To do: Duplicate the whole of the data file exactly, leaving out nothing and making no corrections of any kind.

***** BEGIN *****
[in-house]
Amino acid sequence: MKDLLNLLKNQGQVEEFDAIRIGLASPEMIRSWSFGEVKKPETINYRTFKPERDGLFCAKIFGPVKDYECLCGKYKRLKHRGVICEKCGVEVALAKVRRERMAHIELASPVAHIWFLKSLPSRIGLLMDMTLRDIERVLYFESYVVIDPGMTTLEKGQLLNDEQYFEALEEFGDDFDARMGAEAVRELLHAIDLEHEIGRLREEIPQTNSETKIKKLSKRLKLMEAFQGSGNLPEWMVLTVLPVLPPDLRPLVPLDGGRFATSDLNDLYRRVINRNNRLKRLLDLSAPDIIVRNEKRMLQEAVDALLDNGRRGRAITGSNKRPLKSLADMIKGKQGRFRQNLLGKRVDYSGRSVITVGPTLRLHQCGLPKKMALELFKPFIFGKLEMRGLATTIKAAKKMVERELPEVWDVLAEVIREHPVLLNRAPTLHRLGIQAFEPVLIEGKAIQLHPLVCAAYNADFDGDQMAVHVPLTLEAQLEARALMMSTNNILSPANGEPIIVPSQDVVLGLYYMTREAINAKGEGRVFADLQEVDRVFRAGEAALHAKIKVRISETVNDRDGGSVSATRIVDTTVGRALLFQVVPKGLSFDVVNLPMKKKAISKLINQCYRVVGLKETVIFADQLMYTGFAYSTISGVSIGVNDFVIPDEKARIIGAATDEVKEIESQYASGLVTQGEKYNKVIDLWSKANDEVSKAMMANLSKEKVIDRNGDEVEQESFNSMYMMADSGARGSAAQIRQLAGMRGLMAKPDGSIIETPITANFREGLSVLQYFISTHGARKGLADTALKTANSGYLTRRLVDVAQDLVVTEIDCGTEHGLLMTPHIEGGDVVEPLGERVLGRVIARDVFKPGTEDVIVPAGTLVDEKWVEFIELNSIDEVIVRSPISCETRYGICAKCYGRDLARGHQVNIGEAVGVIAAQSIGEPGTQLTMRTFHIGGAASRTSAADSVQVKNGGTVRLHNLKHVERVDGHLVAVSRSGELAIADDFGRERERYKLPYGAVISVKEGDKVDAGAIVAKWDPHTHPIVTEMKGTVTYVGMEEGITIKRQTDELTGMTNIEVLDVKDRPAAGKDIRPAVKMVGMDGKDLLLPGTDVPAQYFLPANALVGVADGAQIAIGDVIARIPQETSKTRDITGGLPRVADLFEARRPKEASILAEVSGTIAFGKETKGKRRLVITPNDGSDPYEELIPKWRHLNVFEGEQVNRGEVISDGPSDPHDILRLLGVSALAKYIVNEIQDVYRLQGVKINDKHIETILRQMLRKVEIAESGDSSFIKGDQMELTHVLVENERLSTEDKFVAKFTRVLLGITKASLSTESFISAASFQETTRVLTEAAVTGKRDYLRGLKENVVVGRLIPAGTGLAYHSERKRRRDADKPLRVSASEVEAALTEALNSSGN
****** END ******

[in-house]
Amino acid sequence: MKDLLNLLKNQGQVEEFDAIRIGLASPEMIRSWSFGEVKKPETINYRTFKPERDGLFCAKIFGPVKDYECLCGKYKRLKHRGVICEKCGVEVALAKVRRERMAHIELASPVAHIWFLKSLPSRIGLLMDMTLRDIERVLYFESYVVIDPGMTTLEKGQLLNDEQYFEALEEFGDDFDARMGAEAVRELLHAIDLEHEIGRLREEIPQTNSETKIKKLSKRLKLMEAFQGSGNLPEWMVLTVLPVLPPDLRPLVPLDGGRFATSDLNDLYRRVINRNNRLKRLLDLSAPDIIVRNEKRMLQEAVDALLDNGRRGRAITGSNKRPLKSLADMIKGKQGRFRQNLLGKRVDYSGRSVITVGPTLRLHQCGLPKKMALELFKPFIFGKLEMRGLATTIKAAKKMVERELPEVWDVLAEVIREHPVLLNRAPTLHRLGIQAFEPVLIEGKAIQLHPLVCAAYNADFDGDQMAVHVPLTLEAQLEARALMMSTNNILSPANGEPIIVPSQDVVLGLYYMTREAINAKGEGRVFADLQEVDRVFRAGEAALHAKIKVRISETVNDRDGGSVSATRIVDTTVGRALLFQVVPKGLSFDVVNLPMKKKAISKLINQCYRVVGLKETVIFADQLMYTGFAYSTISGVSIGVNDFVIPDEKARIIGAATDEVKEIESQYASGLVTQGEKYNKVIDLWSKANDEVSKAMMANLSKEKVIDRNGDEVEQESFNSMYMMADSGARGSAAQIRQLAGMRGLMAKPDGSIIETPITANFREGLSVLQYFISTHGARKGLADTALKTANSGYLTRRLVDVAQDLVVTEIDCGTEHGLLMTPHIEGGDVVEPLGERVLGRVIARDVFKPGTEDVIVPAGTLVDEKWVEFIELNSIDEVIVRSPISCETRYGICAKCYGRDLARGHQVNIGEAVGVIAAQSIGEPGTQLTMRTFHIGGAASRTSAADSVQVKNGGTVRLHNLKHVERVDGHLVAVSRSGELAIADDFGRERERYKLPYGAVISVKEGDKVDAGAIVAKWDPHTHPIVTEMKGTVTYVGMEEGITIKRQTDELTGMTNIEVLDVKDRPAAGKDIRPAVKMVGMDGKDLLLPGTDVPAQYFLPANALVGVADGAQIAIGDVIARIPQETSKTRDITGGLPRVADLFEARRPKEASILAEVSGTIAFGKETKGKRRLVITPNDGSDPYEELIPKWRHLNVFEGEQVNRGEVISDGPSDPHDILRLLGVSALAKYIVNEIQDVYRLQGVKINDKHIETILRQMLRKVEIAESGDSSFIKGDQMELTHVLVENERLSTEDKFVAKFTRVLLGITKASLSTESFISAASFQETTRVLTEAAVTGKRDYLRGLKENVVVGRLIPAGTGLAYHSERKRRRDADKPLRVSASEVEAALTEALNSSGN